Monday, December 19, 2005
Albums Of The Year: Number 13
The temptation has always been to dismiss British Sea Power as a band too clever for their own good. Witness here the liner quote from Czech surrealist novelist Bohumil Hrabal, the recent joint 7" with the Wurzels, the sets that traditionally close with a part-improvised song called Rock In A which incorporates crash gymnastics, fighting an eight foot tall bear and essentially mayhem, and the way Open Season contains a song called Oh Larsen B, named after a melted polar ice shelf, and just so you don't get confused opens "you're fractured and cold, but your heart is unbroken/my favourite foremost coastal Antarctic shelf". Yet here's the punchline: it's a gorgeous in its own way song that could be about love or desperation (or a melted polar ice shelf, of course) and still fits "desalinate" into the chorus perfectly. Such is the reality of British Sea Power.
The biggest change since The Decline Of British Sea Power is while that album often sounded like Echo and the Bunnymen engaging in ultimate cage fights with the Pixies, Open Season took face value inspiration from nature and matches it with songs that bring out the melodic heart lurking at the core of those earlier songs behind the effects pedals and general air of dissonance. There's an epic quality coming to the fore now too, boosting songs at almost the precise moment they start to bland out and generally rewarding further plays as the hidden depths start to break through the surface calmness that led some to dismiss it as an airbrushing of their natural dissonance. The old Bunnymen/Furs/Bowie standard issue comparisons still have a ring of truth, but this time there's a veneer of late Smiths and the Northern windswept ballpark guarded by Doves and Elbow. Oh, and if you're at all worried, they still drape the amps in foliage, Eamon still makes off into the audience during Lately and they still depart a stage like nobody else.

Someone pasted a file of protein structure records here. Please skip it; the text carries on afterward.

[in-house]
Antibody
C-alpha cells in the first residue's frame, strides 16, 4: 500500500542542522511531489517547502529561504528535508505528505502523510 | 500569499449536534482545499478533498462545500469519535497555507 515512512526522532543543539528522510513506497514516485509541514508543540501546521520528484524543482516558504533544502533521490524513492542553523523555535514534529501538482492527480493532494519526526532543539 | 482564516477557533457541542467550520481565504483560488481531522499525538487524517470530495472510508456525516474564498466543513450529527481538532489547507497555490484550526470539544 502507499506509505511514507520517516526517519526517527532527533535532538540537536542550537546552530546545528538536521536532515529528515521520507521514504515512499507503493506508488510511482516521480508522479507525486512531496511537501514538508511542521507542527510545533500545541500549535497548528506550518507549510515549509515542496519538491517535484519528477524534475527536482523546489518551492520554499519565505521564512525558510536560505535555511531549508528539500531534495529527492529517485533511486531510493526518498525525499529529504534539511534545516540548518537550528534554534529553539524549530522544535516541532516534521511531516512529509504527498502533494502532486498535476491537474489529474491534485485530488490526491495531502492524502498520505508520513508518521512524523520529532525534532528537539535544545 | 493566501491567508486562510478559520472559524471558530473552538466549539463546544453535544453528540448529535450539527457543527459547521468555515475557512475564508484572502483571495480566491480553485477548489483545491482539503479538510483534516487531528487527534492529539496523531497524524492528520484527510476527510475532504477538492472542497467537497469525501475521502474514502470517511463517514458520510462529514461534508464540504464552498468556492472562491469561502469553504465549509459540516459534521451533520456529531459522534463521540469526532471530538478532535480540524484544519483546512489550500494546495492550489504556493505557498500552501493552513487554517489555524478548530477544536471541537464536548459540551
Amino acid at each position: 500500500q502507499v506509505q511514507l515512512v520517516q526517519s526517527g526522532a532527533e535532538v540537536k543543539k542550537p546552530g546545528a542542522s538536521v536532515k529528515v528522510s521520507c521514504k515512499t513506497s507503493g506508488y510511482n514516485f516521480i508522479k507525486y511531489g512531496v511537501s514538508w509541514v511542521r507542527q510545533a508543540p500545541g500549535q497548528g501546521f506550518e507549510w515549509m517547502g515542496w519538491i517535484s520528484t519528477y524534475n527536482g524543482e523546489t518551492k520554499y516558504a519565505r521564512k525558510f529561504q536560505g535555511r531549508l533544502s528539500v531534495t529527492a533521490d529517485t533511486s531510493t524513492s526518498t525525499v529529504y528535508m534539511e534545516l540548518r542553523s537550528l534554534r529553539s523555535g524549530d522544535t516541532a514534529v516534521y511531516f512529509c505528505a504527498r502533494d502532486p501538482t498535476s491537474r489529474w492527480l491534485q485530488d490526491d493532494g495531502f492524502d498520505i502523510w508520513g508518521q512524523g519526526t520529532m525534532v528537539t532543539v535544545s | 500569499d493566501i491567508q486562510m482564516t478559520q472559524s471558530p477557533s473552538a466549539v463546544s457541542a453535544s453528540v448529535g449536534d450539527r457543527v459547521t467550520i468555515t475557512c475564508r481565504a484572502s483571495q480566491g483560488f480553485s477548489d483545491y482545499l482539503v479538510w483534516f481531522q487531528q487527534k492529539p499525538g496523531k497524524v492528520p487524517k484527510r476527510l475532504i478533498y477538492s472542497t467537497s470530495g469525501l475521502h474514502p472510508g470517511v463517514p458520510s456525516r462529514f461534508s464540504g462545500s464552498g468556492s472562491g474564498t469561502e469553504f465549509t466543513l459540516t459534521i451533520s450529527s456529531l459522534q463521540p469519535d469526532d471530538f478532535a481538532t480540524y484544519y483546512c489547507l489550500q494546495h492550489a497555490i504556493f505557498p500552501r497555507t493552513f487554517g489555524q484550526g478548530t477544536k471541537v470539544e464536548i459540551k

LISTEN IN: Oh Larsen B
EXTRA FEATURE: They still give good interview, like this one with Gothamist